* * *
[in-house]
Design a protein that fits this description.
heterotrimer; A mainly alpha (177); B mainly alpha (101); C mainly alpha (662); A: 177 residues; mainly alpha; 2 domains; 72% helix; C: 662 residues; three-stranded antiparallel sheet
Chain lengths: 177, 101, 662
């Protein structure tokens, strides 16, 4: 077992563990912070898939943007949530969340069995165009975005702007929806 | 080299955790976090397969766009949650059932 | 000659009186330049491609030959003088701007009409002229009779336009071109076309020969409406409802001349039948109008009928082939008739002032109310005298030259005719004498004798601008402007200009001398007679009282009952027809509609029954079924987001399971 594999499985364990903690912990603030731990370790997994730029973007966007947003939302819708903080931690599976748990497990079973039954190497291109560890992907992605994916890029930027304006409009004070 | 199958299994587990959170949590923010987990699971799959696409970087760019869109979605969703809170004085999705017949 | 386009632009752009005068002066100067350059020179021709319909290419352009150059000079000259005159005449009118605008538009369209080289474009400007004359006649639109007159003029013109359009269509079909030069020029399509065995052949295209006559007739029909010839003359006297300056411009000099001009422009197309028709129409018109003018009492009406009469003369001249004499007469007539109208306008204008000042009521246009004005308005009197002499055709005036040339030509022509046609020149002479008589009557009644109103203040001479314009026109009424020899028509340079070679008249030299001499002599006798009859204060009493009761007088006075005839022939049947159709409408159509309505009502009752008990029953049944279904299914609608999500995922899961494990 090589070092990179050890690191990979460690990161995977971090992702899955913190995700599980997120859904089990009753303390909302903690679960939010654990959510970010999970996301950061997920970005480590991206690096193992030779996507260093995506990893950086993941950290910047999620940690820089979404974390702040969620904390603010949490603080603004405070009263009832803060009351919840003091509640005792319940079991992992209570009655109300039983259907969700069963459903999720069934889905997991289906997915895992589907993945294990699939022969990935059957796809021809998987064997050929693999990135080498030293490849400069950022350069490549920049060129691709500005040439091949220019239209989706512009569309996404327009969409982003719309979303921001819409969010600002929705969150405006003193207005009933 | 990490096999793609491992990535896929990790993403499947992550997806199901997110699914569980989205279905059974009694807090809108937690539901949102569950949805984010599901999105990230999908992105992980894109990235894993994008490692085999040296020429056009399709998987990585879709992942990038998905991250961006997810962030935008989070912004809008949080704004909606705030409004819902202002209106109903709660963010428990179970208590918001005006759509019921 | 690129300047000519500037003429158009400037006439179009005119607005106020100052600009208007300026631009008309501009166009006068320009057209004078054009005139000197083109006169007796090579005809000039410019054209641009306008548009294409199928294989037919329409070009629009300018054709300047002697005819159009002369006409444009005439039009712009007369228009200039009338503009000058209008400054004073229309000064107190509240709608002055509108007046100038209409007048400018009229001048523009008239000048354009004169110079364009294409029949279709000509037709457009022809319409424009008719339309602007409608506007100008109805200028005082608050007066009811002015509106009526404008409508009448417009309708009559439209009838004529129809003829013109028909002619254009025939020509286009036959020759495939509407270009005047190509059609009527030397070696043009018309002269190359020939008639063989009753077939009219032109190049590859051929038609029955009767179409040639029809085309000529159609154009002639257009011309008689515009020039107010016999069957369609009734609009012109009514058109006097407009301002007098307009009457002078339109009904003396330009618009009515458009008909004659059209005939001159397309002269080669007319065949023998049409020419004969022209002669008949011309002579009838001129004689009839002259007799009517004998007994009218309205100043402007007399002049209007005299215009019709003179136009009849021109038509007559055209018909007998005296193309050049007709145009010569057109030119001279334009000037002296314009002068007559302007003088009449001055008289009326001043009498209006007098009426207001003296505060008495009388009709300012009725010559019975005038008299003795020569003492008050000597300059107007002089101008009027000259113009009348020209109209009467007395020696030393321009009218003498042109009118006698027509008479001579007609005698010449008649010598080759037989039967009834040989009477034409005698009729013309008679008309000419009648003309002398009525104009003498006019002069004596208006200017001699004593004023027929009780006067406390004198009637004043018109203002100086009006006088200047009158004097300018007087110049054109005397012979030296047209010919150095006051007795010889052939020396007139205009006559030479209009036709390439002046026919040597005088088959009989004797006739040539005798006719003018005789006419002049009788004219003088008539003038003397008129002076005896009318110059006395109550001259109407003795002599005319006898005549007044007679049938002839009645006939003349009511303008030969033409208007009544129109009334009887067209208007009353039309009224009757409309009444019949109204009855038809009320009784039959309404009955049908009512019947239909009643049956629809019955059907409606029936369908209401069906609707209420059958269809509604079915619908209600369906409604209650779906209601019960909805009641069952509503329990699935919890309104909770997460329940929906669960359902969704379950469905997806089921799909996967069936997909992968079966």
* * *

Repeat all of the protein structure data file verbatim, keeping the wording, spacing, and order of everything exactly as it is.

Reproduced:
[in-house]
Design a protein that fits this description.
heterotrimer; A mainly alpha (177); B mainly alpha (101); C mainly alpha (662); A: 177 residues; mainly alpha; 2 domains; 72% helix; C: 662 residues; three-stranded antiparallel sheet
Chain lengths: 177, 101, 662
């Protein structure tokens, strides 16, 4: 077992563990912070898939943007949530969340069995165009975005702007929806 | 080299955790976090397969766009949650059932 | 000659009186330049491609030959003088701007009409002229009779336009071109076309020969409406409802001349039948109008009928082939008739002032109310005298030259005719004498004798601008402007200009001398007679009282009952027809509609029954079924987001399971 594999499985364990903690912990603030731990370790997994730029973007966007947003939302819708903080931690599976748990497990079973039954190497291109560890992907992605994916890029930027304006409009004070 | 199958299994587990959170949590923010987990699971799959696409970087760019869109979605969703809170004085999705017949 | 386009632009752009005068002066100067350059020179021709319909290419352009150059000079000259005159005449009118605008538009369209080289474009400007004359006649639109007159003029013109359009269509079909030069020029399509065995052949295209006559007739029909010839003359006297300056411009000099001009422009197309028709129409018109003018009492009406009469003369001249004499007469007539109208306008204008000042009521246009004005308005009197002499055709005036040339030509022509046609020149002479008589009557009644109103203040001479314009026109009424020899028509340079070679008249030299001499002599006798009859204060009493009761007088006075005839022939049947159709409408159509309505009502009752008990029953049944279904299914609608999500995922899961494990 090589070092990179050890690191990979460690990161995977971090992702899955913190995700599980997120859904089990009753303390909302903690679960939010654990959510970010999970996301950061997920970005480590991206690096193992030779996507260093995506990893950086993941950290910047999620940690820089979404974390702040969620904390603010949490603080603004405070009263009832803060009351919840003091509640005792319940079991992992209570009655109300039983259907969700069963459903999720069934889905997991289906997915895992589907993945294990699939022969990935059957796809021809998987064997050929693999990135080498030293490849400069950022350069490549920049060129691709500005040439091949220019239209989706512009569309996404327009969409982003719309979303921001819409969010600002929705969150405006003193207005009933 | 990490096999793609491992990535896929990790993403499947992550997806199901997110699914569980989205279905059974009694807090809108937690539901949102569950949805984010599901999105990230999908992105992980894109990235894993994008490692085999040296020429056009399709998987990585879709992942990038998905991250961006997810962030935008989070912004809008949080704004909606705030409004819902202002209106109903709660963010428990179970208590918001005006759509019921 | 690129300047000519500037003429158009400037006439179009005119607005106020100052600009208007300026631009008309501009166009006068320009057209004078054009005139000197083109006169007796090579005809000039410019054209641009306008548009294409199928294989037919329409070009629009300018054709300047002697005819159009002369006409444009005439039009712009007369228009200039009338503009000058209008400054004073229309000064107190509240709608002055509108007046100038209409007048400018009229001048523009008239000048354009004169110079364009294409029949279709000509037709457009022809319409424009008719339309602007409608506007100008109805200028005082608050007066009811002015509106009526404008409508009448417009309708009559439209009838004529129809003829013109028909002619254009025939020509286009036959020759495939509407270009005047190509059609009527030397070696043009018309002269190359020939008639063989009753077939009219032109190049590859051929038609029955009767179409040639029809085309000529159609154009002639257009011309008689515009020039107010016999069957369609009734609009012109009514058109006097407009301002007098307009009457002078339109009904003396330009618009009515458009008909004659059209005939001159397309002269080669007319065949023998049409020419004969022209002669008949011309002579009838001129004689009839002259007799009517004998007994009218309205100043402007007399002049209007005299215009019709003179136009009849021109038509007559055209018909007998005296193309050049007709145009010569057109030119001279334009000037002296314009002068007559302007003088009449001055008289009326001043009498209006007098009426207001003296505060008495009388009709300012009725010559019975005038008299003795020569003492008050000597300059107007002089101008009027000259113009009348020209109209009467007395020696030393321009009218003498042109009118006698027509008479001579007609005698010449008649010598080759037989039967009834040989009477034409005698009729013309008679008309000419009648003309002398009525104009003498006019002069004596208006200017001699004593004023027929009780006067406390004198009637004043018109203002100086009006006088200047009158004097300018007087110049054109005397012979030296047209010919150095006051007795010889052939020396007139205009006559030479209009036709390439002046026919040597005088088959009989004797006739040539005798006719003018005789006419002049009788004219003088008539003038003397008129002076005896009318110059006395109550001259109407003795002599005319006898005549007044007679049938002839009645006939003349009511303008030969033409208007009544129109009334009887067209208007009353039309009224009757409309009444019949109204009855038809009320009784039959309404009955049908009512019947239909009643049956629809019955059907409606029936369908209401069906609707209420059958269809509604079915619908209600369906409604209650779906209601019960909805009641069952509503329990699935919890309104909770997460329940929906669960359902969704379950469905997806089921799909996967069936997909992968079966």